When will SafeDQN be tested IRL?[LR] We plan to test it this summer in our medical simulation and training center. Here, we can physically recreate real-world ED scenarios that closely mimic reality. Next steps include testing the system on a physical robot in a realistic environment. We plan to partner with UC San Diego Health researchers who operate the campus’s healthcare training and simulation center. The algorithms could also be used outside of the emergency department, for example during search-and-rescue missions.

Another project you’re working on is designing assistive robotic technology for people with dementia (PwD). Can you explain?[LR] For the past four years we’ve been working closely with dementia caregivers, people with dementia, dementia community health workers, and clinicians. Our goal was to explore how (and if) technology might be helpful to reduce the burdens faced by the community. Many were already struggling, which has only gotten worse during COVID-19. In this paper, led by my student Connie Guan, we teamed up with these partners to understand how to build technology that reflects current best practices in dementia community health caregiving. 

What are some of the scenarios where robots can assist with this population? Your paper mentions ’embodied cueing.’ Tell us about that. [LR] We looked for situations where technology product designs could mimic, or support, optimum interactions to give people with dementia more agency over their care, rather than feel helpless. For example, asking: “How do you feel about breakfast?” rather than asking the PwD  to rely on their memory (“What did you have for breakfast?”). We also looked at task assistance. People with dementia get frustrated being told what to do, so we explored how technology could deescalate these situations, such as facilitating a soothing and sensory environment, like  music.  Embodied cueing is where the robot can give non-verbal, visual cues, mimicking an action, to help jumpstart a person’s action.

And the robot you built, Spoonbot, attempts to do this?[LR] Yes, it mimics eating, prompting the PwD  to pick up a spoon and follow along. 

Interestingly, Spoonbot looks like a 1950s-style radio. Many eldercare socio-emotive assistance robotseldercare socio-emotive assistance robots are ‘zoomorphic,’ meaning they look like animals or pets. But you chose a different form factor, can you explain why?[LR] From our earlier work, we knew that mealtimes were one of the most stressful situations for family caregivers, as people with dementia may need repeated prompts to eat. We also learned that playing music can help relieve stress and help with eating, especially when paired with mimicry. Finally, our earlier work showed the importance of familiarity in technology design. So we centered our ideation around these concepts, and ended up with an old-time radio which could demonstrate eating using a spoon. It also allows for different songs to be programmed in, so we chose Billboard hits from the 1950s. The idea was this was something that could sit on the dining room table during mealtimes.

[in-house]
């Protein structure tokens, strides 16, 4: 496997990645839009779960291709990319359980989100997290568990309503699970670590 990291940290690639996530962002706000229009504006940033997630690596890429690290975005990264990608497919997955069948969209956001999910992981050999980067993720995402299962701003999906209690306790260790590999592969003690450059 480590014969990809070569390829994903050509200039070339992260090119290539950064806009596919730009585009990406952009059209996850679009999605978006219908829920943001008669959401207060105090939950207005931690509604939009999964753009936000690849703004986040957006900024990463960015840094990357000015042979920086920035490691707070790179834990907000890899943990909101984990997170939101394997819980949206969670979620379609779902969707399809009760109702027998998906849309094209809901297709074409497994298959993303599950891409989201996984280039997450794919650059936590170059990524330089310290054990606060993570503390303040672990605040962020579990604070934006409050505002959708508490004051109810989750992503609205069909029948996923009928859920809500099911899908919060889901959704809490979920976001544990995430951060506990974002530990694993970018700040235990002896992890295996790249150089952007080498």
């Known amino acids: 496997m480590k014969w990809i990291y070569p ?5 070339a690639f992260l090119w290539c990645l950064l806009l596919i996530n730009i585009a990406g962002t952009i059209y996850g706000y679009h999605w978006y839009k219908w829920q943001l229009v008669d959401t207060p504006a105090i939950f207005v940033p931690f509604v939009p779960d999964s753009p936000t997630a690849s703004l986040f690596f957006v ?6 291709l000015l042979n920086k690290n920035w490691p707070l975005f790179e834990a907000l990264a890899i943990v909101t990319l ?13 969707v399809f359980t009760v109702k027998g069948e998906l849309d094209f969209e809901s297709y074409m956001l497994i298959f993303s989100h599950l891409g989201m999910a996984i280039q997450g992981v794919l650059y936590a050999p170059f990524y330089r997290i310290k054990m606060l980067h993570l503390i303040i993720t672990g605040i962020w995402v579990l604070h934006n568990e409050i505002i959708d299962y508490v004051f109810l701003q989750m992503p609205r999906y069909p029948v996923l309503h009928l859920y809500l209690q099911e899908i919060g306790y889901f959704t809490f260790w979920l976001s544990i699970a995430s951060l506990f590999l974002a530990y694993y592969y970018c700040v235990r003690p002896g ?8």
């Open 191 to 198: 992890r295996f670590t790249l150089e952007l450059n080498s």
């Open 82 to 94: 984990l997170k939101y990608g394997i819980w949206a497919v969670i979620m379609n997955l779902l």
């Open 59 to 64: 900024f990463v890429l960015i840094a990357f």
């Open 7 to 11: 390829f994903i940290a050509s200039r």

Spoonbot

Spoonbot

Did you build Spoonbot in-house, or modify an existing robotics platform?[LR] We built it in-house. We collaborated with Dr. Tania Morimoto, who is very skilled at creating novel mechanical designs. The robot is made out of wood. Inside it has a microcontroller and some motors. We went through a few iterations, and are currently refining it further. 

In another paperpaper, you point out that, despite the benefits offered by robotics within elder care, there’s still low adoption. You also argue that technosolutionismaka ‘there’s a tech solution for that’is something to be wary of. Can you tell us how your approach avoids these pitfalls in terms of designing with the end user (or something else)?[LR] By engaging in visioning activities with a community and working closely with them, one can help ensure technology creation is well-aligned with the community’s needs and goals. However, that doesn’t necessarily address all issues of technosolutionism. In many situations there is a non-technical solution to a problem, such as by changing policies, providing more resources, or changing societal perspectives. A society that truly values caregivers—financially, socially, and emotionally—can make a huge difference in their quality of life and those that they care for. That said, there may be places for well-designed and well-contextualized health technology to meaningfully augment many aspects of life, particularly when it comes to access to care. 

Finally, the goal of robotics research for aging populations is to help people stay independent for as long as possible and avoid the ‘warehousing elders’ nursing home situation, which was so devastating in spreading COVID-19 amongst vulnerable populations. How close are we to commercially available robots in this space?[LR] Robots that can help with physical tasks like lifting and bathing are definitely on the near-term horizon. Some countries are already using them. Lifting mechanisms can help reduce injuries, which is a huge problem and major cause of disability. There are many affordable robotic pets that are in use in many contexts to support older adults. They can provide analogous pet-like comfort to those who might not be able to take care of a pet or who are not allowed to have one.

As for more complex levels of companionship, that’s a long way off, but really may not be a good idea due to the many ethical issues it raises. However, there’s definitely a need for more technologies to support ways for older adults to connect with others, such as via accessible (and privacy-preserving) social networking, telepresence, and so on.